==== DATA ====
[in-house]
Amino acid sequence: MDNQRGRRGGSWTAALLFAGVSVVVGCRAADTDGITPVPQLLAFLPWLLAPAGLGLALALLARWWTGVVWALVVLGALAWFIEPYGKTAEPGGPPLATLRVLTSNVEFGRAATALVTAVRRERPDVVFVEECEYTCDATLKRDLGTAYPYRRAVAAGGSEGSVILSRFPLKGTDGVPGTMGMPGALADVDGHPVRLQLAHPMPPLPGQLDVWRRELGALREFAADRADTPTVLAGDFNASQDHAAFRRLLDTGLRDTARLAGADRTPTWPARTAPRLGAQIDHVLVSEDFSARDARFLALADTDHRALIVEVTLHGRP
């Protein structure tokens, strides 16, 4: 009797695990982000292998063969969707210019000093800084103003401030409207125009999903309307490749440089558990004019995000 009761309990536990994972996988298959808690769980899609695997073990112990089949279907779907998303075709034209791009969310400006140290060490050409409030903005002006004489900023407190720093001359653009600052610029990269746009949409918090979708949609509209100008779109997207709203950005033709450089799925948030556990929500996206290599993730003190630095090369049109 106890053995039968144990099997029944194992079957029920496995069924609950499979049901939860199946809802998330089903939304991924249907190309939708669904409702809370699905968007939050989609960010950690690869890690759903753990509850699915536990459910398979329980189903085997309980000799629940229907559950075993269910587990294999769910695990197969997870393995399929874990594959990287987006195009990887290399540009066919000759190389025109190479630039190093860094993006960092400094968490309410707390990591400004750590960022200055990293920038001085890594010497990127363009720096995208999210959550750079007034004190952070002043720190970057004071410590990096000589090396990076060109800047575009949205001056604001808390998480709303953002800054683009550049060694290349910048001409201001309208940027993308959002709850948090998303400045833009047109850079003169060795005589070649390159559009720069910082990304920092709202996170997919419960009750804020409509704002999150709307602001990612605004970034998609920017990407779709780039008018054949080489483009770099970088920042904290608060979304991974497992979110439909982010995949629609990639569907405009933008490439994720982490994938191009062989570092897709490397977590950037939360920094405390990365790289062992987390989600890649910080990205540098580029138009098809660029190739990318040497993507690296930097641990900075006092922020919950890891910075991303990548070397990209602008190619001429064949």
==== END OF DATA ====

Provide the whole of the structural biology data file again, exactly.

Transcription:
[in-house]
Amino acid sequence: MDNQRGRRGGSWTAALLFAGVSVVVGCRAADTDGITPVPQLLAFLPWLLAPAGLGLALALLARWWTGVVWALVVLGALAWFIEPYGKTAEPGGPPLATLRVLTSNVEFGRAATALVTAVRRERPDVVFVEECEYTCDATLKRDLGTAYPYRRAVAAGGSEGSVILSRFPLKGTDGVPGTMGMPGALADVDGHPVRLQLAHPMPPLPGQLDVWRRELGALREFAADRADTPTVLAGDFNASQDHAAFRRLLDTGLRDTARLAGADRTPTWPARTAPRLGAQIDHVLVSEDFSARDARFLALADTDHRALIVEVTLHGRP
């Protein structure tokens, strides 16, 4: 009797695990982000292998063969969707210019000093800084103003401030409207125009999903309307490749440089558990004019995000 009761309990536990994972996988298959808690769980899609695997073990112990089949279907779907998303075709034209791009969310400006140290060490050409409030903005002006004489900023407190720093001359653009600052610029990269746009949409918090979708949609509209100008779109997207709203950005033709450089799925948030556990929500996206290599993730003190630095090369049109 106890053995039968144990099997029944194992079957029920496995069924609950499979049901939860199946809802998330089903939304991924249907190309939708669904409702809370699905968007939050989609960010950690690869890690759903753990509850699915536990459910398979329980189903085997309980000799629940229907559950075993269910587990294999769910695990197969997870393995399929874990594959990287987006195009990887290399540009066919000759190389025109190479630039190093860094993006960092400094968490309410707390990591400004750590960022200055990293920038001085890594010497990127363009720096995208999210959550750079007034004190952070002043720190970057004071410590990096000589090396990076060109800047575009949205001056604001808390998480709303953002800054683009550049060694290349910048001409201001309208940027993308959002709850948090998303400045833009047109850079003169060795005589070649390159559009720069910082990304920092709202996170997919419960009750804020409509704002999150709307602001990612605004970034998609920017990407779709780039008018054949080489483009770099970088920042904290608060979304991974497992979110439909982010995949629609990639569907405009933008490439994720982490994938191009062989570092897709490397977590950037939360920094405390990365790289062992987390989600890649910080990205540098580029138009098809660029190739990318040497993507690296930097641990900075006092922020919950890891910075991303990548070397990209602008190619001429064949």